In Clayden et al. on p. 696 the following nitroaldol reaction is listed:

Nitroaldol reaction

Later in the same chapter they explain the Cannizzaro reaction. Why is the yield of this nitroaldol reaction particularly good, while a Cannizzaro reaction is also competing for the benzaldehyde? Is the nitroaldol reaction that much faster?

I looked in some literature and they mostly seem to use nitrogen bases (cyclohexylamine, $\ce{Et3N}$, $\ce{n-BuNH2}$, methylamine, etc.) for these kind of reactions (nitroaldol reaction with aromatic electrophile). The reported yields are also typically lower. See for example the "Literature method" section of the synthesis of 1-phenyl-2-nitropropene on Erowid (which seems to be some kind of precursor to amphetamines, so there is plentiful information about it in comparison to the 1-phenyl-2-nitroethene synthesis listed in Clayden. Can the yields be so different due to the steric hindrance of the additional methyl group?). What is the benefit of these nitrogen bases over $\ce{NaOH}$? Clayden et al. only mentions them with the comment that $\ce{NaOH}$ is not really necessary since nitrogen bases are sufficiently strong for nitroaldol reaction, because the typical pKa value of short chain nitro alkyl compounds is ~10.


2 Answers 2


Is the nitroaldol reaction that much faster?

My guess would be that the nitroaldol is faster than the Cannizzaro. The Cannizzaro reaction involves

  • attack by hydroxide on the carbonyl to reversibly form the tetrahedral intermediate
  • alignment of the tetrahedral intermediate with a second aldehyde molecule (entropically costly)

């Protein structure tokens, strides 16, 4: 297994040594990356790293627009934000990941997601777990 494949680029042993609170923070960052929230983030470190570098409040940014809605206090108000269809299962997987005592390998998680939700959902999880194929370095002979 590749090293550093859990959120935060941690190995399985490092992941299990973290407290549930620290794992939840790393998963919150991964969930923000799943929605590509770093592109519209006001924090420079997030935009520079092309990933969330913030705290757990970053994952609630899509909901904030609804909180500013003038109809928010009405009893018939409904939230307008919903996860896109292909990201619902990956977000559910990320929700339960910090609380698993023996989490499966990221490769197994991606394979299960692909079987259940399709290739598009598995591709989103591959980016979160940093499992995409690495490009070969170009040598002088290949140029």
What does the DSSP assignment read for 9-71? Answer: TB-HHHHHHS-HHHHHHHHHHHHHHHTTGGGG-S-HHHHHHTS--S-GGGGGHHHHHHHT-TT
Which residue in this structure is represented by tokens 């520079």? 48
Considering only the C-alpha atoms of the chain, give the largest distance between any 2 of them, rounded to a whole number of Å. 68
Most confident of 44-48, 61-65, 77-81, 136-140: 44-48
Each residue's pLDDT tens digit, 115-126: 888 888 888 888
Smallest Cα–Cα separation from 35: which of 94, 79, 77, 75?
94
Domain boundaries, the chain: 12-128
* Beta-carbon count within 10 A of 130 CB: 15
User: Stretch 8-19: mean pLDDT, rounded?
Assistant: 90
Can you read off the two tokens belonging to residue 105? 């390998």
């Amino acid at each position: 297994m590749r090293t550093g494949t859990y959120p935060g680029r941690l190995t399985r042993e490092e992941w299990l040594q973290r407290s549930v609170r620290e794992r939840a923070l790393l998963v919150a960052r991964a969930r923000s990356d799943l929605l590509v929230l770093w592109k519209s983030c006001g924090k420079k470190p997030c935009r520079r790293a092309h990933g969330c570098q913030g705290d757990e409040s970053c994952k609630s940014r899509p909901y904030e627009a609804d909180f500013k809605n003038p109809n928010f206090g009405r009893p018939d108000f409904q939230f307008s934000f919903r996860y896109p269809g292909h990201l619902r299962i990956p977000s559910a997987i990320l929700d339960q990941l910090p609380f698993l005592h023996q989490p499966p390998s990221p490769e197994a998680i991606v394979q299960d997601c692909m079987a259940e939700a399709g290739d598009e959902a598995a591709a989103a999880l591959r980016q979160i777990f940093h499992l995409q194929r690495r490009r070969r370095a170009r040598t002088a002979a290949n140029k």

• hydride transfer in a redox reaction (relatively high energy, even complexed hydride is not particularly stable) to form molecules (alcohol and carboxylic acid) that are not that different in stability than the starting material

The nitroaldol involves

  • generation of the nitroalkyl carbanion
  • attack by the carbanion on the carbonyl to form a tetrahedral intermediate
  • capture of a proton by the negatively charged oxygen to produce a neutral molecule
  • elimination of water to produce a more stable (more conjugated) molecule than we started with (e.g. energetically downhill)

The nitroaldol doesn't require any special molecular alignment after the tetrahedral intermediate is formed and is energetically downhill.

Can the yields be so different due to the steric hindrance of the additional methyl group?

Further alkylation at the nitroalkyl carbanion center will not help the reaction in a steric sense just as you suggest, but also a secondary carbanion will be less stable (higher energy, more difficult to form) than a primary carbanion.

What is the benefit of these nitrogen bases over $\ce{NaOH}$?

They are somewhat milder reagents than hydroxide and therefore less likely to produce side reactions.

  • $\begingroup$ One small addition to Ron's excellent answer. Sodium hydroxide has limited solubility in organic solvents, while the amine bases will be very soluble in most organic solvents. $\endgroup$
    – jerepierre
    Dec 24, 2014 at 3:33

Although it is some time ago already, seeing this question active today made me decide to include the answer given by Prof. Clayden himself over e-mail to me.

The reaction you ask about appears in the classic text on practical organic chemistry by Vogel: in fact this preparation is online at http://www.erowid.org/archive/rhodium/chemistry/nitrostyrene.vogel5.html

It’s not clear to me why amines would be preferable bases in general, although you are right that they avoid the Cannizzaro reaction if the nitro compound is hindered. They could also be preferable if the alcohol were the desired product, rather than the eliminated alkene.


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